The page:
The Golden Day
In the year of 1967, one golden day in a cove by the sea, eleven young girl’s lives change forever in a chilling event that will haunt them for the rest of their lives. It all starts with a relative simplicity—their teacher, Miss Renshaw, in her geometric patterned dress and eccentric persona, taking them out to the gardens to think about death. Morgan, a mysterious poet and docile caretaker of the garden’s grounds slowly enticing, charming, persuading Miss Renshaw to let him lead the girls down the beach to a cove by the sea, to see a secret, to see a piece of time itself. A lost hat, a long walk. A gaping mouth leading to a cave full of voices. Darkness. Fear. Paintings, soulful and tortured. Little girl’s screams. A teacher’s call. And, suddenly, eleven little girls are outside the cave again, breathing, waiting, watching for their teacher and the enigmatic poet to emerge. Yet no one comes, no one escapes from the cage that is the cove. They are asked over and over what happened that day—who was there, what went on, their thoughts, their actions, yet, over and over, they can only remember Miss Renshaw’s whispered words—“It will be our little secret”…….”Don’t tell, don’t tell.” The girls stay steadfast, copying down spelling words, memorizing dates, figuring fractions, all fielding questions and coming to terms with the full effect of their excursion to the sea. Yet, with all the hope and hope they hold, they can’t help put all have the voice in the back of their head that they all have head since that fateful day-- Not now. Not ever.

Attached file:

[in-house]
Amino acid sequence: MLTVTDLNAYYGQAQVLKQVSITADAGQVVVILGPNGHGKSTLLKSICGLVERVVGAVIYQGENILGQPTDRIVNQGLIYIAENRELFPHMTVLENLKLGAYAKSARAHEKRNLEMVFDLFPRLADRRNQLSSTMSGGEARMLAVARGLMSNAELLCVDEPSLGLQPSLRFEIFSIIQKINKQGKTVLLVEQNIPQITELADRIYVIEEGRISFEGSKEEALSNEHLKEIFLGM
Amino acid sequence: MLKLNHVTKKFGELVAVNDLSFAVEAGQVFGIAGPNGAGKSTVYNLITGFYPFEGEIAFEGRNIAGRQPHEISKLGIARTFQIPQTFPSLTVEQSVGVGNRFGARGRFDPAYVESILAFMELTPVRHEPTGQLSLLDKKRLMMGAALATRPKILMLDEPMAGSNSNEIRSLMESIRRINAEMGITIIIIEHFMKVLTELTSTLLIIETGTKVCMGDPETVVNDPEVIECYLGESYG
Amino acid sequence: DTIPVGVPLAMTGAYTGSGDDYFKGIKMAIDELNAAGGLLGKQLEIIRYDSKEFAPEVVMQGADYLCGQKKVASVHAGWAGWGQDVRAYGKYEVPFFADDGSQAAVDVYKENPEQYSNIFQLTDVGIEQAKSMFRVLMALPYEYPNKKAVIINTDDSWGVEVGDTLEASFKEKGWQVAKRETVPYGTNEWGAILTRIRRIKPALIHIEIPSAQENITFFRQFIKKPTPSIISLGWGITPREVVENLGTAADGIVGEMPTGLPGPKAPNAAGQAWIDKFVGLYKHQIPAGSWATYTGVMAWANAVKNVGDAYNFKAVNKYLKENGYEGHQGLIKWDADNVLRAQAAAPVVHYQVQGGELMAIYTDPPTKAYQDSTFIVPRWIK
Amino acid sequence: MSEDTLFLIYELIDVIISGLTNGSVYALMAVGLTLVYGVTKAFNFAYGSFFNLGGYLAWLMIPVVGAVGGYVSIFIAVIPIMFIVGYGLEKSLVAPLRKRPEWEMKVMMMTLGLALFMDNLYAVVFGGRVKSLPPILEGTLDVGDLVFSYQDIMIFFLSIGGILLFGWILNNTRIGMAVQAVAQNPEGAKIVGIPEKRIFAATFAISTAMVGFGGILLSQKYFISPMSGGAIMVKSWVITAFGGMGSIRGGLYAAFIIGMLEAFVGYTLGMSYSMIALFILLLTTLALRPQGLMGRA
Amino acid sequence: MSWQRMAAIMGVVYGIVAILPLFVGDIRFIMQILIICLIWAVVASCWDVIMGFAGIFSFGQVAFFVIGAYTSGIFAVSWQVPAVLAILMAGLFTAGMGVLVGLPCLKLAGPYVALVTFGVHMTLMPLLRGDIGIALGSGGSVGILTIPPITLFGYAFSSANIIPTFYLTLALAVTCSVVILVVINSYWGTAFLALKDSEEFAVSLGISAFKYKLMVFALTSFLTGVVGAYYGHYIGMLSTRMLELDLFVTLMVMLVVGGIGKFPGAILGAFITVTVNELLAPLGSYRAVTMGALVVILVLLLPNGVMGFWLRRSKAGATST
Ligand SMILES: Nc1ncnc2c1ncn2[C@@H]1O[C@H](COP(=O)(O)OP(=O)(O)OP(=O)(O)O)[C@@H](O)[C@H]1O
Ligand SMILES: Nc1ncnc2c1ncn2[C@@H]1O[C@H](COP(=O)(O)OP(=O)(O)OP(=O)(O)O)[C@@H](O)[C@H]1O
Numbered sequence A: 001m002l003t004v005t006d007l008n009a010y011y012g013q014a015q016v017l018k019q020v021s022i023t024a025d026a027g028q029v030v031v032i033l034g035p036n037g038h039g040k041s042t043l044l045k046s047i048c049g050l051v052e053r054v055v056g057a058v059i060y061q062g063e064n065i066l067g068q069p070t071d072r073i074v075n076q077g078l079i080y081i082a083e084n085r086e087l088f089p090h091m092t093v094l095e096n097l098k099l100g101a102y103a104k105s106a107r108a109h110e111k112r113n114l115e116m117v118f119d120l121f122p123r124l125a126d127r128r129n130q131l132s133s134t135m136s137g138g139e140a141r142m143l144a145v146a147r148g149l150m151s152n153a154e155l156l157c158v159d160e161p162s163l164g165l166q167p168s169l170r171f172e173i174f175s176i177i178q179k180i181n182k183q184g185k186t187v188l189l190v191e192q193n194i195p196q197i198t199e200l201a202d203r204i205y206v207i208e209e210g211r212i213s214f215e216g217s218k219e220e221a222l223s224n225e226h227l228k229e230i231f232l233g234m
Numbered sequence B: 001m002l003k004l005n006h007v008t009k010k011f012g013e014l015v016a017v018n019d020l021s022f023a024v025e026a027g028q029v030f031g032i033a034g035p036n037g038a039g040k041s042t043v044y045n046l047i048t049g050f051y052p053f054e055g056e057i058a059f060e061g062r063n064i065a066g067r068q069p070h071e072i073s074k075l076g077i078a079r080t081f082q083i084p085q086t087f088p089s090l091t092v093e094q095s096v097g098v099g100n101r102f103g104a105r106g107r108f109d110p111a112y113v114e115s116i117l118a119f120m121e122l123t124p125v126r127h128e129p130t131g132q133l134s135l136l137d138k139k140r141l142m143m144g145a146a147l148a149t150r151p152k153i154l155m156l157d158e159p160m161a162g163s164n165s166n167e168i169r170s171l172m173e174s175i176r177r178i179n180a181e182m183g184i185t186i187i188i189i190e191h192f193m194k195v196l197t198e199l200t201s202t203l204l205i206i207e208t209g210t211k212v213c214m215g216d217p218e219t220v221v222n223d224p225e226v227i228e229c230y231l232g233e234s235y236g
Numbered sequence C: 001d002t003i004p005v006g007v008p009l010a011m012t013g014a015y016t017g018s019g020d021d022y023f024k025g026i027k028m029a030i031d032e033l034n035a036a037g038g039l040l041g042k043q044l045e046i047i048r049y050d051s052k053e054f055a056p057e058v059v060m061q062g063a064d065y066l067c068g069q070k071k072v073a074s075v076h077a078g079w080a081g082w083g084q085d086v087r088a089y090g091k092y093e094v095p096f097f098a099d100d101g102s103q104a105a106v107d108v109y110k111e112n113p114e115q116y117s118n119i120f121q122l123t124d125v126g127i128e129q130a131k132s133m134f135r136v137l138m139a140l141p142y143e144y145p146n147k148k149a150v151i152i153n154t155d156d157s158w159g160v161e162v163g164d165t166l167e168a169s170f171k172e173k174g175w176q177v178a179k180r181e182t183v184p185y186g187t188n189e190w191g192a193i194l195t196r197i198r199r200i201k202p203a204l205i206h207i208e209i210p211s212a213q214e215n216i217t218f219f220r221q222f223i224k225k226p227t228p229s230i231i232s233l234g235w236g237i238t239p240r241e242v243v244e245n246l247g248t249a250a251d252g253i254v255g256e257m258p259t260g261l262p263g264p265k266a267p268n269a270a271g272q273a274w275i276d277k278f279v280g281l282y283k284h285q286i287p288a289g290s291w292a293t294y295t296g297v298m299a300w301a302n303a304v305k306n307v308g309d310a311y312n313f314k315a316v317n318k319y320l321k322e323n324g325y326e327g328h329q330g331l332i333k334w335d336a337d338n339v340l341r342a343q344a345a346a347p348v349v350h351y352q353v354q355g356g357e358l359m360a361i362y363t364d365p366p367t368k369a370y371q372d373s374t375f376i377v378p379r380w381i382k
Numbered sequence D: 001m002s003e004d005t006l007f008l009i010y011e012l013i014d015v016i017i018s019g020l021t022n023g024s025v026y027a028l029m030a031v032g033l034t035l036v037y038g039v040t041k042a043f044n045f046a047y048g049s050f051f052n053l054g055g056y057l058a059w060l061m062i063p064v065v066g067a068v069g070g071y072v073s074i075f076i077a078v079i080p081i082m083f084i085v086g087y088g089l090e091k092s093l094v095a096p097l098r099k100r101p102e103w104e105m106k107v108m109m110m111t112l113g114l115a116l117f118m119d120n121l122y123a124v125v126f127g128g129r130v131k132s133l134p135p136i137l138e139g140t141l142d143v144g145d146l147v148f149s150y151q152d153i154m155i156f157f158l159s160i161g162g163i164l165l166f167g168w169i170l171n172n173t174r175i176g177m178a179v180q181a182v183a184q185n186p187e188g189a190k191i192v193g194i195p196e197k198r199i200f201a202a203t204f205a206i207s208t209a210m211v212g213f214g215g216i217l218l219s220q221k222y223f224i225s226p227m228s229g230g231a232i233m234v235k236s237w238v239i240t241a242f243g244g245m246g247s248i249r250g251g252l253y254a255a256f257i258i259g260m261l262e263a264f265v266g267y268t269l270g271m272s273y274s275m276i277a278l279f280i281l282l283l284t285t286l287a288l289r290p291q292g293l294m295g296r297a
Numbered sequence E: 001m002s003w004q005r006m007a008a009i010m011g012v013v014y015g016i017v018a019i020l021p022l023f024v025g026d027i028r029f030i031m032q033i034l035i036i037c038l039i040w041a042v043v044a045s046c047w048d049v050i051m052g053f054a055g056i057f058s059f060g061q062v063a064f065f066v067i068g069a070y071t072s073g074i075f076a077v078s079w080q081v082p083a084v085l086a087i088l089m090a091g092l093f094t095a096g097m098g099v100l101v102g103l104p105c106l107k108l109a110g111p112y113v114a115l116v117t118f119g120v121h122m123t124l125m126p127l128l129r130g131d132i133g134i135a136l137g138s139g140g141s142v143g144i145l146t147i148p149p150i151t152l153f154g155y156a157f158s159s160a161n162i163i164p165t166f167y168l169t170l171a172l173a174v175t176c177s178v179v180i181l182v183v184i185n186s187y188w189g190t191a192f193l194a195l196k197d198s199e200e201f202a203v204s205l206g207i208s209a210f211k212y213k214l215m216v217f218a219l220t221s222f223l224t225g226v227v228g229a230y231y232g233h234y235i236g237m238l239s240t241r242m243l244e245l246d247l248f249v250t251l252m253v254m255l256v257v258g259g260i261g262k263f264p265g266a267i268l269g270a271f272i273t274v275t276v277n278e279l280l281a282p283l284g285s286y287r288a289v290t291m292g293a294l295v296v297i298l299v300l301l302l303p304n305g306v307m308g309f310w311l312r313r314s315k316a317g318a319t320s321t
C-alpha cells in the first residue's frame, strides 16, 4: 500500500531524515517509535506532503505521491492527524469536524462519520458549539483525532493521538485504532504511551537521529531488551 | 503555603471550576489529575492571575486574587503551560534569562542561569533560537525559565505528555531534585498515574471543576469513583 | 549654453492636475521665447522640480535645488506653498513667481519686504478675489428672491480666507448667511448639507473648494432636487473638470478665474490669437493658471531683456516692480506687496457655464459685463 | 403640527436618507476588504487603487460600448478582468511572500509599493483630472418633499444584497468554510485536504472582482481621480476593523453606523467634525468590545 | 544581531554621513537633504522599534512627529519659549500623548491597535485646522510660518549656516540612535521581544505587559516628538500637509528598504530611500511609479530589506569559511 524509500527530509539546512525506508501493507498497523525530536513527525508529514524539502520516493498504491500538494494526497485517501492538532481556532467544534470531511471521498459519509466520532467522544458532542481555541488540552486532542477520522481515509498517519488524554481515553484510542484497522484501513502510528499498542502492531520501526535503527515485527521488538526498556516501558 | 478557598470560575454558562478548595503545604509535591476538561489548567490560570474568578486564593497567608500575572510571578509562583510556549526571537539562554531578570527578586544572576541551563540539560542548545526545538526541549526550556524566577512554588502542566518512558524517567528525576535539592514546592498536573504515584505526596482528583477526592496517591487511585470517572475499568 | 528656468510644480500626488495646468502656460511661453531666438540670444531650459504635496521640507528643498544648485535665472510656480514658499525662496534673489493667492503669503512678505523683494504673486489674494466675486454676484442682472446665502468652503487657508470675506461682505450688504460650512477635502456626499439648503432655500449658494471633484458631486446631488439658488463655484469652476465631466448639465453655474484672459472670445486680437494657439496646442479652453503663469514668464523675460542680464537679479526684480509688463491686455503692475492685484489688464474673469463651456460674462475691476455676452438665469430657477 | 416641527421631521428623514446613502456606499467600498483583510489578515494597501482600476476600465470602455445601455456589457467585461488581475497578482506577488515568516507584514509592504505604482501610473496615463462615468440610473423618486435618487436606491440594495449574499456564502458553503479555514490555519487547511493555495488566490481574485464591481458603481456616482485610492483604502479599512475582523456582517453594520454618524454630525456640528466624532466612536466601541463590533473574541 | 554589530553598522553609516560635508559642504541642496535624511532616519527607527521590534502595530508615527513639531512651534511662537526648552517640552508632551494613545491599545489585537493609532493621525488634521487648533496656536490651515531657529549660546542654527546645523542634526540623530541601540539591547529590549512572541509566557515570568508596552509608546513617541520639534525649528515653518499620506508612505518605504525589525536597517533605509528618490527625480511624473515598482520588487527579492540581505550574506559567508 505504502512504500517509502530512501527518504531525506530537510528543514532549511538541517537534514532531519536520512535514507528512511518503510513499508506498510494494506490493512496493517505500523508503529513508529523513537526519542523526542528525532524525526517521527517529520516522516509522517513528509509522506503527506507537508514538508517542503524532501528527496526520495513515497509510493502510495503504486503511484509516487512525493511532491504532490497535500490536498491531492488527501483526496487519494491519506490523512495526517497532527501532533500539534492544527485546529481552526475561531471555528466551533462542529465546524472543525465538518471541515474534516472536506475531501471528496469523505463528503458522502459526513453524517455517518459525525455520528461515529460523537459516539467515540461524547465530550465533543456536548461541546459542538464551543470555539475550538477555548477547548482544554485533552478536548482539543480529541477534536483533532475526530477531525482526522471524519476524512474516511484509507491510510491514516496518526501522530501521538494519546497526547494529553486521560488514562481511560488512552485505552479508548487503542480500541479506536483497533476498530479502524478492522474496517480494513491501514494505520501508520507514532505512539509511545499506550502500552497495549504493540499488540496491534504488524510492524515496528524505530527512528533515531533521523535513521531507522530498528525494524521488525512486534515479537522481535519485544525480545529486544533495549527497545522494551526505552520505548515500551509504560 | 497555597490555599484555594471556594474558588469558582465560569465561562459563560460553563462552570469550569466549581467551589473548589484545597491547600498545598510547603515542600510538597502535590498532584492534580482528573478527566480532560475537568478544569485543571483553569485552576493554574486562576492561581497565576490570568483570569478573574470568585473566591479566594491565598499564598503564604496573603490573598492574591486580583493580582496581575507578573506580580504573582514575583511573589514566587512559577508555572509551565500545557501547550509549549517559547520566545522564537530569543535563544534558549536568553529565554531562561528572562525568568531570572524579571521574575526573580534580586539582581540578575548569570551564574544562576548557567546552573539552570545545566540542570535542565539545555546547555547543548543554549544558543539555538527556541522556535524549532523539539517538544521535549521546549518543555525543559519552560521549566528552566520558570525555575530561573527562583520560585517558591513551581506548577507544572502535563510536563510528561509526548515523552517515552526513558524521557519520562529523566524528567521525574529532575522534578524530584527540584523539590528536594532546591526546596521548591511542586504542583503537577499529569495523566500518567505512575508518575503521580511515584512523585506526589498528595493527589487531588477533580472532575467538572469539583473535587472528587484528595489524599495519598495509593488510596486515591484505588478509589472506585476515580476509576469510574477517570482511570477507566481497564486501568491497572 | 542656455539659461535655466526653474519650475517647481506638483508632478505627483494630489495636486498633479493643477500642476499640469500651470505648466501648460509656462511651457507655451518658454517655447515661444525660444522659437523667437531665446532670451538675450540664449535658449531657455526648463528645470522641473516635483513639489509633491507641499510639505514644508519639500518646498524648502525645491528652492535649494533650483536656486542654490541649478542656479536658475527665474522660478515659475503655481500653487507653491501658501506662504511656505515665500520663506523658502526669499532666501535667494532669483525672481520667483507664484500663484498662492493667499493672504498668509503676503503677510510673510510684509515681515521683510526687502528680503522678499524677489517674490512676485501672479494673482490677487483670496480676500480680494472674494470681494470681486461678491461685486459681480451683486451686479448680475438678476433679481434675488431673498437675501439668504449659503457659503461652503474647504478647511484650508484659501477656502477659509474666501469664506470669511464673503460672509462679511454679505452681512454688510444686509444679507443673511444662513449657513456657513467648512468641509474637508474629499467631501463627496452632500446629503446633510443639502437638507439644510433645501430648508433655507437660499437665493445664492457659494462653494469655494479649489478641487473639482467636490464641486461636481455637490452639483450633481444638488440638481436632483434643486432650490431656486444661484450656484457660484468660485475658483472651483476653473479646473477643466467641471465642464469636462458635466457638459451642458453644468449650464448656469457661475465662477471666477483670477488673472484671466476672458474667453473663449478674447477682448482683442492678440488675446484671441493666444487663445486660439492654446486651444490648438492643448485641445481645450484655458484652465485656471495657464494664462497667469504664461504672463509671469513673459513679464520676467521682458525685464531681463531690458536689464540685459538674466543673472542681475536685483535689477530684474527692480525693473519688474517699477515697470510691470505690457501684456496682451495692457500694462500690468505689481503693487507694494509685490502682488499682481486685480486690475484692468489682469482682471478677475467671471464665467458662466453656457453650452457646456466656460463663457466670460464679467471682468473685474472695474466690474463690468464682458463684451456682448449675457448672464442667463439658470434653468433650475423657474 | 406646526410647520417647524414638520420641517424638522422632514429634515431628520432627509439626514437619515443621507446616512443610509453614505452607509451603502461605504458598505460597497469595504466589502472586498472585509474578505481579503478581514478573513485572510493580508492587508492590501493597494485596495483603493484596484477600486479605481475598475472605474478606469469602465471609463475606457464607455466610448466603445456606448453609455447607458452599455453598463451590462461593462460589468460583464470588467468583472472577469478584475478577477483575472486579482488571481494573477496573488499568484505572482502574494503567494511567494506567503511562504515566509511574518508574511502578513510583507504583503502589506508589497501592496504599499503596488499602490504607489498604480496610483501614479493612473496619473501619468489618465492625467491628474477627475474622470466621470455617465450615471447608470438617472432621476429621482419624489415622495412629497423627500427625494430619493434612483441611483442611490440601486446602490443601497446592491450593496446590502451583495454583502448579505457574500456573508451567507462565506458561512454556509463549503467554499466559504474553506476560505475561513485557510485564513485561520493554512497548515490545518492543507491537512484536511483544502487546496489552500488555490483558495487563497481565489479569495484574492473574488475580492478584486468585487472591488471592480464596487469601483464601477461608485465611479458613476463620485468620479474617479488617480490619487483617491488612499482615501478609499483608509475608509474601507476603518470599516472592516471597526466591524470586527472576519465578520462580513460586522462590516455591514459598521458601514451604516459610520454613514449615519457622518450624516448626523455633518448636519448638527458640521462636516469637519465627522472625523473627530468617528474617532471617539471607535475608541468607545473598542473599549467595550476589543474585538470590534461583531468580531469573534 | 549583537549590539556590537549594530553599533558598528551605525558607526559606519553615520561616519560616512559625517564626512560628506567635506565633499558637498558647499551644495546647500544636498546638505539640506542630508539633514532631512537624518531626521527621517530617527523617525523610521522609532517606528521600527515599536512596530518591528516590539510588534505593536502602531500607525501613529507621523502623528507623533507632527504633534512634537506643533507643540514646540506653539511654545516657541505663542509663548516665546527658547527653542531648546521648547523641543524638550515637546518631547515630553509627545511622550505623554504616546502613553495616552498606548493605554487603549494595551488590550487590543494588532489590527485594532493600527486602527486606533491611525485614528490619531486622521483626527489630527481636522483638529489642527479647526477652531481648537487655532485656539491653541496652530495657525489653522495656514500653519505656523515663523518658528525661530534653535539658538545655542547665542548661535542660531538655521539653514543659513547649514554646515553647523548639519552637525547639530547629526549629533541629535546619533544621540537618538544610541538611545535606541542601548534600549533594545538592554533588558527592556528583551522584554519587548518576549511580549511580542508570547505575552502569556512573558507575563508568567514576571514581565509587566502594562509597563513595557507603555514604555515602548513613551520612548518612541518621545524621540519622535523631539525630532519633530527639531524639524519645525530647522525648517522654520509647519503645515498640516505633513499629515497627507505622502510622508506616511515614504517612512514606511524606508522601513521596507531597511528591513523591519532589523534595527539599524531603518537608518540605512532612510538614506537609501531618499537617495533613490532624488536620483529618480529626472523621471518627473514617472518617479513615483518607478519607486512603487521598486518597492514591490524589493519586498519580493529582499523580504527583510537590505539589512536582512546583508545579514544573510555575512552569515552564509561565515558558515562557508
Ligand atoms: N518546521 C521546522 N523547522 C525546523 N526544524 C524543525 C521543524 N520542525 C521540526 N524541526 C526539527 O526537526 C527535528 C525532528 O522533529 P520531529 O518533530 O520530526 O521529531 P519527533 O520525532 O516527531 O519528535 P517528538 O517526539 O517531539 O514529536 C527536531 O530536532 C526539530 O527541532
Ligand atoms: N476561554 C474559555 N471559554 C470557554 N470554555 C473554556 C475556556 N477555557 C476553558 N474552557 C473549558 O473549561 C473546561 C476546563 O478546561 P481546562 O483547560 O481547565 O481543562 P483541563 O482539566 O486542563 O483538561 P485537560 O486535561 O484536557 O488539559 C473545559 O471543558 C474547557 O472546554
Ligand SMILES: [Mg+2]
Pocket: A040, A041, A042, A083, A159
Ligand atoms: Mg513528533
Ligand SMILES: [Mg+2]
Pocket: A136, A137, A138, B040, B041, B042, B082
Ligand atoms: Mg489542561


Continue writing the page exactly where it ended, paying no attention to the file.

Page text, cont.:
“Suddenly the sounds of the classroom….faded in her ears. She had that bleak feeling that she’d had in the cave, of being alone. She stared at the blackboard. She felt sick. Because words were forming there……four clear, simple words. Not now. Not ever.”
I felt that this book was definitely on the more sinister/morbid side, but found it pretty disappointing for a couple of reasons. Almost from the very beginning foreshadowing the happenstance of bad things to come, the tone meant to create a scene that kept you on pins and needles. However, I felt that this creepiness was slightly overdone. The author just seemed to try too hard to make sure you realized something bad was going to happen. The characters were hard to relate to—the purpose was to make the reader pity or sympathize with the girls, but I just found them annoying and juvenile. I also felt that many things mentioned in the novel were unrelated to the plot, with extravagant distribution of characters and other plot lines that led to nowhere. Two girls were the only characters that were explored in-depth, and even then, the writing was vague. Though the author had a wonderful vocabulary and prose to make the book sound refined and polished, I still felt that the book could have been better to make a more enjoyable read.
“That’s what they were waiting for….Miss Baskerville would speak, and they would know what had really happened. Any moment now.”
I would recommend this book for ages ten and up, because, though there is no profanity or other indecency, there is that undertone of horridness and fear the could disturb younger readers.
The eleven girl’s lives changed the one day in the cave by the sea. Will The Golden Day by Ursula Dubosarsky change yours, too?